Reaction mechanism, energetics, and kinetics of the water-assisted thioformaldehyde + ˙OH reaction and the fate of its product radical under tropospheric conditions†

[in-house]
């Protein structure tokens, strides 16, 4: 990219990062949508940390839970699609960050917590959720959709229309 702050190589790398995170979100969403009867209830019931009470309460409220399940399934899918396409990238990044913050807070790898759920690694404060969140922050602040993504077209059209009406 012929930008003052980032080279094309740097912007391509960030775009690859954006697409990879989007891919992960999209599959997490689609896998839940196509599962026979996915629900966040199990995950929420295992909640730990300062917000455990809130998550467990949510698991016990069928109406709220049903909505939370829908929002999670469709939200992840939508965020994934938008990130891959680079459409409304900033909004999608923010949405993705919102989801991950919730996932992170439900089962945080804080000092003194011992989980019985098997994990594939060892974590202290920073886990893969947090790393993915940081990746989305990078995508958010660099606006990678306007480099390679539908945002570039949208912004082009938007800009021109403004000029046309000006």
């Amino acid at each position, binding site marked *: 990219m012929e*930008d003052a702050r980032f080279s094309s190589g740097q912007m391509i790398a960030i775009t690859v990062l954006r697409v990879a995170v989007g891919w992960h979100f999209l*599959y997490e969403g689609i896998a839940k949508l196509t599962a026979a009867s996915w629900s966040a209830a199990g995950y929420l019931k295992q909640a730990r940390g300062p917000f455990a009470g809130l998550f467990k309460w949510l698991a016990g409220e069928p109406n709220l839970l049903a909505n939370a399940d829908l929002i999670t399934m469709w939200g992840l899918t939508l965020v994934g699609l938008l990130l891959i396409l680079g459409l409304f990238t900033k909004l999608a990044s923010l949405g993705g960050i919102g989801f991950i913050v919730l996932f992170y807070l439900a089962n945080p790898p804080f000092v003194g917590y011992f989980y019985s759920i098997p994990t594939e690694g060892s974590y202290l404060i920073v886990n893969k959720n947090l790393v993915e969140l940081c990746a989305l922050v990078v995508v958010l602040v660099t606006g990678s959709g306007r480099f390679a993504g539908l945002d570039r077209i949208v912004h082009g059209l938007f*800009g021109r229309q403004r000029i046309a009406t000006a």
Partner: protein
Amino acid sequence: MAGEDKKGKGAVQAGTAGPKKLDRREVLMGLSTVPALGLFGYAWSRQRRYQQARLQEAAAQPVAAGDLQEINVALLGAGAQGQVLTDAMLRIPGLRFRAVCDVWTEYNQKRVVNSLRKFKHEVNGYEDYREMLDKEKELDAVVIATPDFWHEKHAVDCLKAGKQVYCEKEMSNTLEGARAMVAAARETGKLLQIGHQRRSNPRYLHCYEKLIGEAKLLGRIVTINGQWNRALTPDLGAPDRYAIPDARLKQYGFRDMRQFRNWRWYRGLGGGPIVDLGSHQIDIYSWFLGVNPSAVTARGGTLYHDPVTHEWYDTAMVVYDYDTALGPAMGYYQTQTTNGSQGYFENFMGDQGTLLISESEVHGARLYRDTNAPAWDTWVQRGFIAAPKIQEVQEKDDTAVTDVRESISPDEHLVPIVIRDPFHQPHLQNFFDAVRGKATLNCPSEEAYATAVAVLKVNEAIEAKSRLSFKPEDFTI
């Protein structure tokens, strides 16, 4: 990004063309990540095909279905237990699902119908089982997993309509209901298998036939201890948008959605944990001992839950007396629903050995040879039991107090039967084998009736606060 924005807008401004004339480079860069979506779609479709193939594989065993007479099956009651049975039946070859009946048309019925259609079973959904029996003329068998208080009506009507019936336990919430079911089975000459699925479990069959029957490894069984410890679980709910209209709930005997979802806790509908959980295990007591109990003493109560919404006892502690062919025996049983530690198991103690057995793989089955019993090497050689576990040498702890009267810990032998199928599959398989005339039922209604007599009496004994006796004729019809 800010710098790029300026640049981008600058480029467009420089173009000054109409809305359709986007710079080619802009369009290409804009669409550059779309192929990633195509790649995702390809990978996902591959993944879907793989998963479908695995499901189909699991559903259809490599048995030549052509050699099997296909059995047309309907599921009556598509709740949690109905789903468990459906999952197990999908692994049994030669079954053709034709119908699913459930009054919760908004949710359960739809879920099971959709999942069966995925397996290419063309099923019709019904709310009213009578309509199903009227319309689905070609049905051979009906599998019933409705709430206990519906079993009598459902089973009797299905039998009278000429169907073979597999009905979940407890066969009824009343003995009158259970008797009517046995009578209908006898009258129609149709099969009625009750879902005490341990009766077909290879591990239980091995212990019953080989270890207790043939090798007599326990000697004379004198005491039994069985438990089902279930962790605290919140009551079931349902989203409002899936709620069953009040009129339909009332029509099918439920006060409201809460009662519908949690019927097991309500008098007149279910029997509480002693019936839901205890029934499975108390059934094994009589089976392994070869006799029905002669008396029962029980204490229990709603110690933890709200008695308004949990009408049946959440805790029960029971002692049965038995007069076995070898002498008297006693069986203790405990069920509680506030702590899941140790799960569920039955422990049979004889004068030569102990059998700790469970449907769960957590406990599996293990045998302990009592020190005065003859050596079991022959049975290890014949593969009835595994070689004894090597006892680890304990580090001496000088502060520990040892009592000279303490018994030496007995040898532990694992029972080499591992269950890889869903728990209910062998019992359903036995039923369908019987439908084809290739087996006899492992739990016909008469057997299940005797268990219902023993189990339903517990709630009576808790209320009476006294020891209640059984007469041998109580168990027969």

The reactions of thioformaldehyde (H2CS) with OH radicals and assisted by a single water molecule have been investigated using high level ab initio quantum chemistry calculations. The H2CS + ˙OH reaction can in principle proceed through: (1) abstraction, and (2) addition pathways. The barrier height for the addition reaction in the absence of a catalyst was found to be −0.8 kcal mol−1, relative to the separated reactants, which has a ∼1.0 kcal mol−1 lower barrier than the abstraction channel. The H2CS + ˙OH reaction assisted by a single water molecule reduces the barrier heights significantly for both the addition and abstraction channels, to −5.5 and −6.7 kcal mol−1 respectively, compared to the un-catalyzed H2CS + ˙OH reaction. These values suggest that water lowers the barriers by ∼6.0 kcal mol−1 for both reaction paths. The rate constants for the H2CS⋯H2O + ˙OH and OH⋯H2O + H2CS bimolecular reaction channels were calculated using Canonical Variational Transition state theory (CVT) in conjunction with the Small Curvature Tunneling (SCT) method over the atmospherically relevant temperatures between 200 and 400 K. Rate constants for the H2CS + ˙OH reaction paths for comparison with the H2CS + ˙OH + H2O reaction in the same temperature range were also computed. The results suggest that the rate of the H2CS + ˙OH + H2O reaction is slower than that of the H2CS + ˙OH reaction by ∼1–4 orders of magnitude in the temperatures between 200 and 400 K. For example, at 300 K, the rates of the H2CS + ˙OH + H2O and H2CS + ˙OH reactions were found to be 2.2 × 10−8 s−1 and 6.4 × 10−6 s−1, respectively, calculated using [OH] = 1.0 × 106 molecules cm−3, and [H2O] = 8.2 × 1017 molecules cm−3 (300 K, RH 100%) atmospheric conditions. Electronic structure calculations on the H2C(OH)S˙ product in the presence of 3O2 were also performed. The results show that H2CS is removed from the atmosphere primarily by reacting with ˙OH and O2 to form thioformic acid, HO2, formaldehyde, and SO2 as the main end products.